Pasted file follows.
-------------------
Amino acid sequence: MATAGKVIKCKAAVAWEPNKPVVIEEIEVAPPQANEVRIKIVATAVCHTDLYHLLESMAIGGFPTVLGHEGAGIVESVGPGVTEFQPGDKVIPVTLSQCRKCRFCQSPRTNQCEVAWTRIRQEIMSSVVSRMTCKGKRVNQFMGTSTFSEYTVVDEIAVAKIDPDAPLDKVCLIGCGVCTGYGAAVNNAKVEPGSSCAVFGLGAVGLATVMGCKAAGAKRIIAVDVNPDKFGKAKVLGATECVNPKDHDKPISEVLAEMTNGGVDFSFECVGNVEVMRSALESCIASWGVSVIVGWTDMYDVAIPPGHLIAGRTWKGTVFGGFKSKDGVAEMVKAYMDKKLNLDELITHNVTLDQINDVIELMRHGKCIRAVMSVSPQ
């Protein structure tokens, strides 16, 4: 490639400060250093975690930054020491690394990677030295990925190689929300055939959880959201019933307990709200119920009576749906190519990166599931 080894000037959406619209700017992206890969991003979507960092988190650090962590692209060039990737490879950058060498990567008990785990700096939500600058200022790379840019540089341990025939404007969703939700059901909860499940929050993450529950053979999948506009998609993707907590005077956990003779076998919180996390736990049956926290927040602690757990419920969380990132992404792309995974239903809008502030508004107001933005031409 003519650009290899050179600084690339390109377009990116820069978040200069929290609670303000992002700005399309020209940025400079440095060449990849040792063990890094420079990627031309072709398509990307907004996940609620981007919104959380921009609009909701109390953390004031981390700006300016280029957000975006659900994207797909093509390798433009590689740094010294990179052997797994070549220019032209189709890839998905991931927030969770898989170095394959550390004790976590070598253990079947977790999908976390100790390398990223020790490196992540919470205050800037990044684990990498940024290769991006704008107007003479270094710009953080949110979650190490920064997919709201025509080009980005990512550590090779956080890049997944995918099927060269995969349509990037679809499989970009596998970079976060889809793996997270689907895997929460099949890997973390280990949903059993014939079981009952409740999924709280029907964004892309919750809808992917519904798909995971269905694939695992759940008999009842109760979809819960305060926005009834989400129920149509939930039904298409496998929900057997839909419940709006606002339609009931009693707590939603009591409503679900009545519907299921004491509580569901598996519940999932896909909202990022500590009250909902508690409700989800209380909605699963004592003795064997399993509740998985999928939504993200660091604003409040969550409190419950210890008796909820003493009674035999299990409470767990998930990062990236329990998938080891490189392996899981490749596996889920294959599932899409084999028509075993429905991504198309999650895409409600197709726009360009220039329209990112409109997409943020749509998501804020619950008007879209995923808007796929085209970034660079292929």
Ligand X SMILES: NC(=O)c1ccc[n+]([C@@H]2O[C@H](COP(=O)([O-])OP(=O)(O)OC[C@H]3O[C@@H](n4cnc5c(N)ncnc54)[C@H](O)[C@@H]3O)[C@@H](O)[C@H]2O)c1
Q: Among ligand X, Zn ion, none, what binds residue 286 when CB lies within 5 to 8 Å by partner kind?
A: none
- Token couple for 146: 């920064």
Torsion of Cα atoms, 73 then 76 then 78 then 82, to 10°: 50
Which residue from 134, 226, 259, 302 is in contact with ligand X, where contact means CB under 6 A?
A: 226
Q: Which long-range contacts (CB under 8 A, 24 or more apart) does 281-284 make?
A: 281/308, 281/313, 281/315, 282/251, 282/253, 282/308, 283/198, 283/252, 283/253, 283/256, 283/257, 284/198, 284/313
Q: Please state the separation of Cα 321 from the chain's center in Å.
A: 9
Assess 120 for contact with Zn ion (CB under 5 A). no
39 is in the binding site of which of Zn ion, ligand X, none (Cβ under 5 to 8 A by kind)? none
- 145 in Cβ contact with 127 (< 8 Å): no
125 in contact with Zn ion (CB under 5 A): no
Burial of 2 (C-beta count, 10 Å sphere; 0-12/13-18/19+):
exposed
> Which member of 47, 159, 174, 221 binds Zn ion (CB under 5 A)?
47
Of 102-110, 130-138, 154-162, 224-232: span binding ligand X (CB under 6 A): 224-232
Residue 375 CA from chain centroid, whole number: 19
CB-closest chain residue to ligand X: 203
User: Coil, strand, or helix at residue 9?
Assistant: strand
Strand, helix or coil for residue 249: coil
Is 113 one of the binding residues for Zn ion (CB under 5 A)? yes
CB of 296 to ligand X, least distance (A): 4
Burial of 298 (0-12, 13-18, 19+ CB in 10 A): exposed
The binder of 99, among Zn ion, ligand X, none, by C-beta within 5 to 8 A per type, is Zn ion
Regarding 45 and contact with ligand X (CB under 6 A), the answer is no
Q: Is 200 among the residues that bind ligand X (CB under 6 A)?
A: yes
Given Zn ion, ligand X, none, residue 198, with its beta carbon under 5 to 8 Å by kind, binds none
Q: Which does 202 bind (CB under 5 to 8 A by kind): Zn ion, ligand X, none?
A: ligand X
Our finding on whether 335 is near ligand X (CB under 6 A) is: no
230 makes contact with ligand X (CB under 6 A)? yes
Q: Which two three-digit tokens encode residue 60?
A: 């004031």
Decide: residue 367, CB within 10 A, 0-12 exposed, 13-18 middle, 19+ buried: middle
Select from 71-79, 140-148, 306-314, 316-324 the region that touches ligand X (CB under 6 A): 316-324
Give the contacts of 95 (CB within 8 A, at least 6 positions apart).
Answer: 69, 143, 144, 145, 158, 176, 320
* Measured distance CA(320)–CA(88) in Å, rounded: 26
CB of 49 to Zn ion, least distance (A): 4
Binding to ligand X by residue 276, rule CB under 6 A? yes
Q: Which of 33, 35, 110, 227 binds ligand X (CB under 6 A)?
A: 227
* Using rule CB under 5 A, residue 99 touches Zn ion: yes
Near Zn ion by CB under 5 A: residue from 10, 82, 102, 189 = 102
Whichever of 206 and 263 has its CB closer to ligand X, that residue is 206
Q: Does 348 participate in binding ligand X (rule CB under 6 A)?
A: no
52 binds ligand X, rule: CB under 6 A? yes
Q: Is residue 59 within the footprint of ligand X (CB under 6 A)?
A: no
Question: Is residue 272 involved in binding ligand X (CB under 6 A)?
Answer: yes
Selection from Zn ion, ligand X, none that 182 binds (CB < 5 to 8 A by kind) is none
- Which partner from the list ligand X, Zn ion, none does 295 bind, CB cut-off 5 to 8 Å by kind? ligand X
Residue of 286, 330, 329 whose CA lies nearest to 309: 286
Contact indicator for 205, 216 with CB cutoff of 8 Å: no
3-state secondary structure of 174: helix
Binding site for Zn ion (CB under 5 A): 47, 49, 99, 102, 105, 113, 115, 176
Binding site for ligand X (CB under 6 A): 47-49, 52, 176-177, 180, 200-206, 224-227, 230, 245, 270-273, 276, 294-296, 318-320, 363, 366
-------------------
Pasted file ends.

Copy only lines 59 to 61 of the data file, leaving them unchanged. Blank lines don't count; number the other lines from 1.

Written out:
Question: Is residue 272 involved in binding ligand X (CB under 6 A)?
Answer: yes
Selection from Zn ion, ligand X, none that 182 binds (CB < 5 to 8 A by kind) is none